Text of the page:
Last written words and Military Cross set to sell for thousands at auction

The whole collection - A�Historic�and�Documentary�Military�Archive�Group,�With�Gallantry� Honors�from�A�Lancashire�Fallen�Hero�Of�The�Great�War.

The whole collection - A�Historic�and�Documentary�Military�Archive�Group,�With�Gallantry� Honors�from�A�Lancashire�Fallen�Hero�Of�The�Great�War.

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The last written words and a posthumous Military Medal from a fallen First World War hero are set to sell for thousands at auction.

A collection of medals, letters, pictures and a compass belonging to Second Lieutenant Frank Clarke Place, from Preston, are estimated to sell for more than £6,000 at an auction at Gerrards Auction Rooms in St Annes today.

Collection: A collection of Second Lieutenant Frank Clarke Place's private belongings

Collection: A collection of Second Lieutenant Frank Clarke Place's private belongings

The auction house revealed the rare lot is attracting attention due to the optimistic nature of the letters Frank sent to his sister Mabel.

Tragically, Frank died just weeks before the end of the war on September 22, 1918.

Frank was attached to the Royal Lancaster Regiment and successfully led his platoon behind enemy lines before he was killed aged just 21 in Northern France.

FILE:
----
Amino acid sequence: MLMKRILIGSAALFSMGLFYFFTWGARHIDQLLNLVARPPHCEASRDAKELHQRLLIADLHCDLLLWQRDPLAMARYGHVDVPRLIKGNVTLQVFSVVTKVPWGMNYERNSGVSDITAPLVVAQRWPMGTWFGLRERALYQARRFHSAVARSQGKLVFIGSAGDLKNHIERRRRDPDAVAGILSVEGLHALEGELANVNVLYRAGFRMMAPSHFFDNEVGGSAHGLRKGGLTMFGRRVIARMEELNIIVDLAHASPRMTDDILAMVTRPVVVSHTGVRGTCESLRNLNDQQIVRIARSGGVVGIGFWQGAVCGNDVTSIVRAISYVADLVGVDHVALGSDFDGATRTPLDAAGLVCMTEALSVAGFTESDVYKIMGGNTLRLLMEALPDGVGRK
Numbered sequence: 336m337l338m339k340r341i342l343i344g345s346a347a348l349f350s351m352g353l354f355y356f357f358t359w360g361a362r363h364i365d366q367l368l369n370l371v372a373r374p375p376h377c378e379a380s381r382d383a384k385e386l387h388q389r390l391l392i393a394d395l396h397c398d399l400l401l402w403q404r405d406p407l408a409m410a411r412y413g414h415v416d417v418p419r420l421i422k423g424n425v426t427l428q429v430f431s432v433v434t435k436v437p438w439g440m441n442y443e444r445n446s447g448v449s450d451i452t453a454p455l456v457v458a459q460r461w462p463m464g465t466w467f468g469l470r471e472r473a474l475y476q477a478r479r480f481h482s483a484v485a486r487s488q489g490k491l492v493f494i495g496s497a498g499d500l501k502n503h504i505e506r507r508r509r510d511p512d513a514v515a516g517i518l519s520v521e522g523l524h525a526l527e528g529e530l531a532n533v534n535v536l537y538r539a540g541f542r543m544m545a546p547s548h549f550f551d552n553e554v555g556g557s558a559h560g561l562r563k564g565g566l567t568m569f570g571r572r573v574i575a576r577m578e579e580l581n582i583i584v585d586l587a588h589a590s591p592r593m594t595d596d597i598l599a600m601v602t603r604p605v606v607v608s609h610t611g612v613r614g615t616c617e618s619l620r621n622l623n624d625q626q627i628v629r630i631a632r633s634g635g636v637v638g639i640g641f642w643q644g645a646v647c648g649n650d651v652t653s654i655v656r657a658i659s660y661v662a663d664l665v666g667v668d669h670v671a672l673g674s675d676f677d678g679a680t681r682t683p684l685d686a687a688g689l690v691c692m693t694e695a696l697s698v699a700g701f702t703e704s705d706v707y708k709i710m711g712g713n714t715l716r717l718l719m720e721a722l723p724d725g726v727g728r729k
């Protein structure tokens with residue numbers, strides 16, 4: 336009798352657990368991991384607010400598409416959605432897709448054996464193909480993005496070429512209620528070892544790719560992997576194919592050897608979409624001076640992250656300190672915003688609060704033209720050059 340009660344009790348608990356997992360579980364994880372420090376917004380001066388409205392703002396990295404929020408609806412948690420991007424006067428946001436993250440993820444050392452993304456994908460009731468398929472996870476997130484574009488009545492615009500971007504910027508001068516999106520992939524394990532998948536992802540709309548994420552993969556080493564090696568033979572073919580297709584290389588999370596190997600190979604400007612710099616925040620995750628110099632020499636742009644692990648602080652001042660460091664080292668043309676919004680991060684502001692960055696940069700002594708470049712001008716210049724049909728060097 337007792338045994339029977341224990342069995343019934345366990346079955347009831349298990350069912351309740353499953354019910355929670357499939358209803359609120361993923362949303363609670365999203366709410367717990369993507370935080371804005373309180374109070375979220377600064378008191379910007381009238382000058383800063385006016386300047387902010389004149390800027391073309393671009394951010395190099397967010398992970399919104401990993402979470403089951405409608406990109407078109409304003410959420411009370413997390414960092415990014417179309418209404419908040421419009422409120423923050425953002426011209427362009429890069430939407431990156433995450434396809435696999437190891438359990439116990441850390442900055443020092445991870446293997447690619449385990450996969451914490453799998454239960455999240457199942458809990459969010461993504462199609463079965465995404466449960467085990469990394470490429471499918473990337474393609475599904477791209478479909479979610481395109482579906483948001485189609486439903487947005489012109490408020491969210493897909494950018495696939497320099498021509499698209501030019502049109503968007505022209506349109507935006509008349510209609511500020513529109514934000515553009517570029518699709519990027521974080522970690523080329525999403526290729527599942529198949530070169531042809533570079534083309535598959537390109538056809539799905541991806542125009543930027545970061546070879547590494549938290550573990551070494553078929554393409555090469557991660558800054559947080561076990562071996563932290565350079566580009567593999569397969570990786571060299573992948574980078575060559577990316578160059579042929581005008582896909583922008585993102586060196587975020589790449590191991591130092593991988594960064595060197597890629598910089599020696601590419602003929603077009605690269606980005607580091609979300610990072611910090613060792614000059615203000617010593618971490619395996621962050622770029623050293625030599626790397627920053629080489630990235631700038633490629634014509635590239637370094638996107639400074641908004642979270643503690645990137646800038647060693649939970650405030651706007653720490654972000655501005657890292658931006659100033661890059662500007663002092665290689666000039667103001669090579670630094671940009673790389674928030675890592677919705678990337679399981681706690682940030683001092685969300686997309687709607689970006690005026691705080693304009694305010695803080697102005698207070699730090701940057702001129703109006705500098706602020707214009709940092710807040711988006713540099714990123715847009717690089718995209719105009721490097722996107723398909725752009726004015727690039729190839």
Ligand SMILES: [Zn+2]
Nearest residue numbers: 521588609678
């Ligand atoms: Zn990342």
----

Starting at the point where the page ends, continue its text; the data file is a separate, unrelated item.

A spokesman for the auction house said: “The lot is 1321, estimate £6,000-8,000.

Frank Clarke Place

Frank Clarke Place

“We are pleased to offer the family archive of 2nd Lieutenant Frank Clarke Place.

“The basis of the collection, the medals, the military cross and three WWI Service medals awarded to Frank Clarke and the three service medals awarded to his elder Brother Leonard Clarke, framed as two separate collections.

“The more widespread interest is in the quietly optimistic series of letters from the doomed soldier to his family.

“The archive comprises of 30 articulate and descriptive letters, written by the bright, optimistic and brave young soldier, between his enlistment on March 22 1916 to the 22 Battalion Royal Fusiliers and his last posting, as a temporary Officer in the Royal Lancaster Regiment, in September 1918. Two moving letters from an Officer and a Chaplain respectively, describe the events and emotions on the days of his death and burial.”